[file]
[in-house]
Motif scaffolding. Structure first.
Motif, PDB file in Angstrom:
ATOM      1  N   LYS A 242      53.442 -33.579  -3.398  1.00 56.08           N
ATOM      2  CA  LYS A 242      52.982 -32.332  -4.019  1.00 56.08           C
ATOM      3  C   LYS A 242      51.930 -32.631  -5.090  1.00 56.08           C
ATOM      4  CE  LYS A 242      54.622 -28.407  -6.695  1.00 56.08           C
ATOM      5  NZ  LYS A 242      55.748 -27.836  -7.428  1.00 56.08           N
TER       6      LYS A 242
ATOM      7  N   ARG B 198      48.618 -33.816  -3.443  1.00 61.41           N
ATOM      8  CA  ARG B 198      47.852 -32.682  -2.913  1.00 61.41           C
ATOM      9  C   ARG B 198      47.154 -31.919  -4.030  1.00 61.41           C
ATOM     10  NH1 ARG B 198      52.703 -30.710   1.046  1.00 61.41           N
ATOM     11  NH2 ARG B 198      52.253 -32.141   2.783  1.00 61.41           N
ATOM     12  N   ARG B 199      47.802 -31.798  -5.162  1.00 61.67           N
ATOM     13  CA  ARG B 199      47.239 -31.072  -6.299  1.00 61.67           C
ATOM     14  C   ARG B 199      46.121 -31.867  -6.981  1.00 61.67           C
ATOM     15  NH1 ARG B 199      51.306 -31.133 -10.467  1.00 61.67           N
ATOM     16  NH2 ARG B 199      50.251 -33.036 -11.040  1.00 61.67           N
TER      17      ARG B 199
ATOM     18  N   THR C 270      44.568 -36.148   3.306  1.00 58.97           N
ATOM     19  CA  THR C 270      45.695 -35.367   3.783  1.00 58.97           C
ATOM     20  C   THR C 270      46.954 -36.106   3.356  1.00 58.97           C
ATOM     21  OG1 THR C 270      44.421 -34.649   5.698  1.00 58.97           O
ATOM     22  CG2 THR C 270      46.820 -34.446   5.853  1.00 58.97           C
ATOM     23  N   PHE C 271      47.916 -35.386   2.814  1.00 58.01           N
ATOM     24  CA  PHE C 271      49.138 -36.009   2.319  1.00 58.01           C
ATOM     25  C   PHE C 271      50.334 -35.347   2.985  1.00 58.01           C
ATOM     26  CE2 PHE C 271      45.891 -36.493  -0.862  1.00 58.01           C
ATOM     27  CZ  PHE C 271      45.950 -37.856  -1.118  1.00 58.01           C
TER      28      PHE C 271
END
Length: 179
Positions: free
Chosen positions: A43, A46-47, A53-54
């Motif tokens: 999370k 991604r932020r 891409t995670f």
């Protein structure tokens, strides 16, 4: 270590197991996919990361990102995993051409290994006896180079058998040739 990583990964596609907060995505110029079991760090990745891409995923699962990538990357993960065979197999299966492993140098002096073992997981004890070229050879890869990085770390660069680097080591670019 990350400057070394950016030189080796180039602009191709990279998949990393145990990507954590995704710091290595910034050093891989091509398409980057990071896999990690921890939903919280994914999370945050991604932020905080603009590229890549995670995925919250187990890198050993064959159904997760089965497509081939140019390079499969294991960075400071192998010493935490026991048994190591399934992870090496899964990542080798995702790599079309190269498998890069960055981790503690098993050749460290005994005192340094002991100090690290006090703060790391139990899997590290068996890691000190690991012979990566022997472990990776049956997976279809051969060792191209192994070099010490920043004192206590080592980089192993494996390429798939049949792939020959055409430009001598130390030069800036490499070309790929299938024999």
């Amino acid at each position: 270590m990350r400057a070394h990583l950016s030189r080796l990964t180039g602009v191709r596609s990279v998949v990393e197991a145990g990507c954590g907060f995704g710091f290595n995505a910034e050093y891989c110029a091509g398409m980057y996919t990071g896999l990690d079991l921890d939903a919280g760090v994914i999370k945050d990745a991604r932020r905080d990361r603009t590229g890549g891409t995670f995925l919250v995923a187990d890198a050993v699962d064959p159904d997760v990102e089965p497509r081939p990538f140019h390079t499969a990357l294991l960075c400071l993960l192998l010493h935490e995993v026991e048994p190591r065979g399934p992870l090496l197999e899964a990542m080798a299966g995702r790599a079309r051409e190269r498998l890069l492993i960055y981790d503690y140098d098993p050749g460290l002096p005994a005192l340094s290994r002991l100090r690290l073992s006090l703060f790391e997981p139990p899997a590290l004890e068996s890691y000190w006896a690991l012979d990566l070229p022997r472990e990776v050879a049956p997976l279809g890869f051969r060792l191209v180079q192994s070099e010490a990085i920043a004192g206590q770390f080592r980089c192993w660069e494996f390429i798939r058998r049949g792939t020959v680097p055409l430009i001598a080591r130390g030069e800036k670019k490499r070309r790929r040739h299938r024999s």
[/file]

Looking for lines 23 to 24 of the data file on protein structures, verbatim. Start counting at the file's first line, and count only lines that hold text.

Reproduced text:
ATOM     20  C   THR C 270      46.954 -36.106   3.356  1.00 58.97           C
ATOM     21  OG1 THR C 270      44.421 -34.649   5.698  1.00 58.97           O